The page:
Last Friday, the Kuskokwim Learning Academy (KLA) held its 19th consecutive graduation ceremony, but this was the first year that the alternative high school has had a Student Council. Not only has the council brought a surplus of funds for student activities to the school, but it has given the student body an active role at KLA. KYUK visited the council at their last meeting of the school year on April 30.
On the second floor of the Yuut Elitnaurviat facility sits the current home of KLA. In the school social worker Katie Frutiger’s office, the KLA Student Council meets for the last time this year. President Julie Joekay has got this covered, despite last day jitters, opening the meeting by sharing a round of important personal updates that aim to “radiate positivity and celebrations.”
“I finished my online class,” exclaims Joekay as Frutiger, who is also the Council Advisor, congratulates her.
“I’m close to finishing mine; close to getting done with health class,” adds Student Council ASB Representative Devin Tunutmoak.
Once they review meeting minutes and approve the agenda, Joekay moves on to read through upcoming events, which include a visit from Senator Dan Sullivan on May 1.
The idea for a Student Council began when now-outgoing KLA Site Administrator Lori Safford wanted to get students more involved and create more student-led activities. With Frutiger on board, they did just that. At the beginning of the school year, students nominated peers to fit the roles of President, Vice President, and so on. Once positions were filled, they began meeting once a week in the social worker’s office. It was challenging at first, says Frutiger, to get started without much prior knowledge.
“We had struggled to get any kind of direction from district office, or kind of what a student council is supposed to do,” said Frutiger. “All we really knew was student activities. We could affect policy change, but we didn’t even know how we could do that.”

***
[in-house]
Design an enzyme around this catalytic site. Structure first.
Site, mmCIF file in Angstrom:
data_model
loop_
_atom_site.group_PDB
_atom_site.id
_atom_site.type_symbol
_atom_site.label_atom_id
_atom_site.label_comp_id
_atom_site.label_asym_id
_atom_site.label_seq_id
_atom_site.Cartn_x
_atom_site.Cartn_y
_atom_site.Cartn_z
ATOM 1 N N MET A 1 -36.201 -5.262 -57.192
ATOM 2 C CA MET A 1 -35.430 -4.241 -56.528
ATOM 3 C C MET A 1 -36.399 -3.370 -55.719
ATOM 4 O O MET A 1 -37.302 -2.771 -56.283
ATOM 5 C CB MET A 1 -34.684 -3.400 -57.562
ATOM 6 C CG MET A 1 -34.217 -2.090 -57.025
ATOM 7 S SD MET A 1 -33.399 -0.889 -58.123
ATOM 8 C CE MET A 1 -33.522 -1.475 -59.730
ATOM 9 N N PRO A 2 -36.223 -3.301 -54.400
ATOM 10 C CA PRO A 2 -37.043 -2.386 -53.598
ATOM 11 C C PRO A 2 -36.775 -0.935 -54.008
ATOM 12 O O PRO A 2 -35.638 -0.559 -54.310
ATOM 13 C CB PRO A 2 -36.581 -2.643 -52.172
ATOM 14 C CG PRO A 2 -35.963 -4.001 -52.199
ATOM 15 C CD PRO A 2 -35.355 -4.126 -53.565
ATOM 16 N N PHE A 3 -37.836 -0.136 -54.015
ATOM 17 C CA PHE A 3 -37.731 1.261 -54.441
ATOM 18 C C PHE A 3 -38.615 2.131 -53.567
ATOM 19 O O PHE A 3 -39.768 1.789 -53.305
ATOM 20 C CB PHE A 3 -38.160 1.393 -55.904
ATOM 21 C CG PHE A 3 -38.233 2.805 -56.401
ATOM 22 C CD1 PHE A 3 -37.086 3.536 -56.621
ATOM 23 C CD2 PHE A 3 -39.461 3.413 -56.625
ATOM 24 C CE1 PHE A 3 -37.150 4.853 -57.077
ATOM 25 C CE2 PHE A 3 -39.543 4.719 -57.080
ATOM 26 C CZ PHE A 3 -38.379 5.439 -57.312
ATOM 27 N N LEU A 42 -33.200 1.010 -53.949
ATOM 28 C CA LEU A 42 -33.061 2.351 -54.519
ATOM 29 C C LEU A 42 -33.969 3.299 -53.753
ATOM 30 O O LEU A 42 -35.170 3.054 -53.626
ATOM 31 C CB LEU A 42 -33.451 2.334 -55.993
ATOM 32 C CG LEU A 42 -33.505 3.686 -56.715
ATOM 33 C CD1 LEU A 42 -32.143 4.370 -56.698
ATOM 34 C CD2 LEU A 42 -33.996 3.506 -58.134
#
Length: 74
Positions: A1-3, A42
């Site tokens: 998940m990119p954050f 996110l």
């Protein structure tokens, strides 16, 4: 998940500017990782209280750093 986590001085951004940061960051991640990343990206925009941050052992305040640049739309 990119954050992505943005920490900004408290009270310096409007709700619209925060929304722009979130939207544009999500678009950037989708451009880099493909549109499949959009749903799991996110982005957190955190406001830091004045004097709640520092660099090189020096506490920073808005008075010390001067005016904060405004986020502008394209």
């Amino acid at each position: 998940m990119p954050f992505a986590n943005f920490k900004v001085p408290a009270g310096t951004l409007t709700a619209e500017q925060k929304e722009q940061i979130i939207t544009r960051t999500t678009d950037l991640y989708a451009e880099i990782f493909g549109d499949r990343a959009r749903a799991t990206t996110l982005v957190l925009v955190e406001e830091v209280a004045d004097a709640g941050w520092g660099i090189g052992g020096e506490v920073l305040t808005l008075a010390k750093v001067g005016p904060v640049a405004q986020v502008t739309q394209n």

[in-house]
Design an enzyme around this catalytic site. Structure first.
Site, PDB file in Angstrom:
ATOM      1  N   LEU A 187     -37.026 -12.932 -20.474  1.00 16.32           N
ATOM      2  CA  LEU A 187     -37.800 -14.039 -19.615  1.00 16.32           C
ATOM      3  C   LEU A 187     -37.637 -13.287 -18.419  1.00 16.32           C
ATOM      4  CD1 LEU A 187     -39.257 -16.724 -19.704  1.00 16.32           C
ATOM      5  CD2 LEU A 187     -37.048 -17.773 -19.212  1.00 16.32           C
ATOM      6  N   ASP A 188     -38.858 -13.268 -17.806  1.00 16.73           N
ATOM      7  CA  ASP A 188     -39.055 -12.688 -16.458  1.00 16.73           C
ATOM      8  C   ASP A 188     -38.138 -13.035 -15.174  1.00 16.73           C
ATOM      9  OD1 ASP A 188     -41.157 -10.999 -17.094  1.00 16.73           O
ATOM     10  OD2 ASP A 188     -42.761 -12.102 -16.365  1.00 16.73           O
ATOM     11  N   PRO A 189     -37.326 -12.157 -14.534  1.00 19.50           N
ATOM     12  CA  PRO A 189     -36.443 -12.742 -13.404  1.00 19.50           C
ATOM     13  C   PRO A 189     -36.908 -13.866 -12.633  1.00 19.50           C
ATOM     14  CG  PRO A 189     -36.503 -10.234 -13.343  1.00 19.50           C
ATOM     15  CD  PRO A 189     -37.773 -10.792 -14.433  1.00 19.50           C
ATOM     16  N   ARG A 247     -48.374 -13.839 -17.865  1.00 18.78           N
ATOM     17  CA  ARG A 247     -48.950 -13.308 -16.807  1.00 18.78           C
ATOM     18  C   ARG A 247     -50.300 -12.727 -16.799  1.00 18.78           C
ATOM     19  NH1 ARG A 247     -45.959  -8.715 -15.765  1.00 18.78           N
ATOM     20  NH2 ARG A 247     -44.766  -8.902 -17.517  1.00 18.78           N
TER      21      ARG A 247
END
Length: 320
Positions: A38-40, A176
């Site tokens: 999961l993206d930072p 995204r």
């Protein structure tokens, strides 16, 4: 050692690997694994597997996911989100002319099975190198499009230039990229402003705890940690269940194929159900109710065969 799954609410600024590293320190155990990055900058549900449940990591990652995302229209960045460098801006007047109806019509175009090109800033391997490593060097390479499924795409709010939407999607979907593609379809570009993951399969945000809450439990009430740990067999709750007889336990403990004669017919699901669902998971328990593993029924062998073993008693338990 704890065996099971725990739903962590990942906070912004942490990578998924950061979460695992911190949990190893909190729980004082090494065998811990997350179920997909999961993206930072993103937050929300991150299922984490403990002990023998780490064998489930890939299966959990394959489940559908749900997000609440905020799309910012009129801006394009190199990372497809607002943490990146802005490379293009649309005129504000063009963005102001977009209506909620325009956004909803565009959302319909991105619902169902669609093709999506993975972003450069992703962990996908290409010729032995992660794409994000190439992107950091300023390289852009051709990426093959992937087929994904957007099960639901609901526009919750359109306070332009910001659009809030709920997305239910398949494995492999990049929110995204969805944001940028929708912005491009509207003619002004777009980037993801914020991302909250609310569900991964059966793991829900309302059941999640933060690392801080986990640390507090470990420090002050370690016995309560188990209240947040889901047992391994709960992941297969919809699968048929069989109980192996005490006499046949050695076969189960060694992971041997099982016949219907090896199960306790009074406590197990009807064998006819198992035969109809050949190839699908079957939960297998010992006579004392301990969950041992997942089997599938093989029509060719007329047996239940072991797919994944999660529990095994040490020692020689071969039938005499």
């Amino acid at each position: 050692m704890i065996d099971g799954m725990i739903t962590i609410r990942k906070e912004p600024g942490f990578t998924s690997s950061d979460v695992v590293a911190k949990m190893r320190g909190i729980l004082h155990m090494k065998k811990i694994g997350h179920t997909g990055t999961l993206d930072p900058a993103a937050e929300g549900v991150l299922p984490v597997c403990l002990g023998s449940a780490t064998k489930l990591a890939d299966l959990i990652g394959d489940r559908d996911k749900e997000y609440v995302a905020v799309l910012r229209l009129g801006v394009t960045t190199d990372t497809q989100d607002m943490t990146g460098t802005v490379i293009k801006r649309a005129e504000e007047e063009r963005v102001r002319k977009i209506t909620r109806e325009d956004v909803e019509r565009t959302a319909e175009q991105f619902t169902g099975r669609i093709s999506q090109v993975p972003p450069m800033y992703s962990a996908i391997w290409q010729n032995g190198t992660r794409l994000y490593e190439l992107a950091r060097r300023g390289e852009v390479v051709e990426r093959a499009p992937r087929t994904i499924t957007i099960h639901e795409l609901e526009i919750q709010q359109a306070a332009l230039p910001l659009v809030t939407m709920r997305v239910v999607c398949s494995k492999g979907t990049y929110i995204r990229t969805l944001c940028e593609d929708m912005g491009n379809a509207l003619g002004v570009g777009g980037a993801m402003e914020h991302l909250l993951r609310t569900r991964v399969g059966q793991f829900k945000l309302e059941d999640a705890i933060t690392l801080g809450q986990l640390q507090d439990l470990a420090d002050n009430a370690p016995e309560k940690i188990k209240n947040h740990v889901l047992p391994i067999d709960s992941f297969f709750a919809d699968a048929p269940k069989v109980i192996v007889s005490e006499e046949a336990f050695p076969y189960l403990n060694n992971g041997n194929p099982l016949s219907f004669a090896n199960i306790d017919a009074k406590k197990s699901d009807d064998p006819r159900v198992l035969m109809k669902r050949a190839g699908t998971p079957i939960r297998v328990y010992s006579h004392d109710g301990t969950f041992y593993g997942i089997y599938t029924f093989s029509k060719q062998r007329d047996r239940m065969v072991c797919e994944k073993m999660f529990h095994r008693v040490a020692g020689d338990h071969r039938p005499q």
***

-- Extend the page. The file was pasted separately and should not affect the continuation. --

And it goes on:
Direction improved when they attended the Alaska Association of Student Government, or AASG’s, fall conference in Juneau. Then help came from Bethel Regional High School’s Student Council for understanding things like a constitution and Roberts Rules of Order.
“And then when we kinda started to develop ideas, we were able to get the Director of HR, Josh Gill, to come and talk to us about what it would mean to make policy change and how to do that,” Frutiger said.
What they found out was that by being an alternative work-based learning school on a six-week session system annually, they could make their own student-led changes at KLA.
“Kinda the first semester was just learning, and second semester was actually doing more events, having more pep rallies,” Frutiger said. “And our main goal was to learn about student council, create notes for next year, and create a budget. And these guys worked so hard, with Ice Classic, with bake sales. I mean, there were some days we were just baking for 6 hours after school to get ready for a bake sale.”
Those hours paid off, with a total of $2,677, minus several hundred dollars of expenses, that will now all go into a Student Council bank account for next year. After graduation, Joekay is looking forward to taking the skills she’s built through experiences she’s had being the KLA Student Council President into the workforce, and is eager to attend the Sitka Academy to become a Village Public Safety Officer.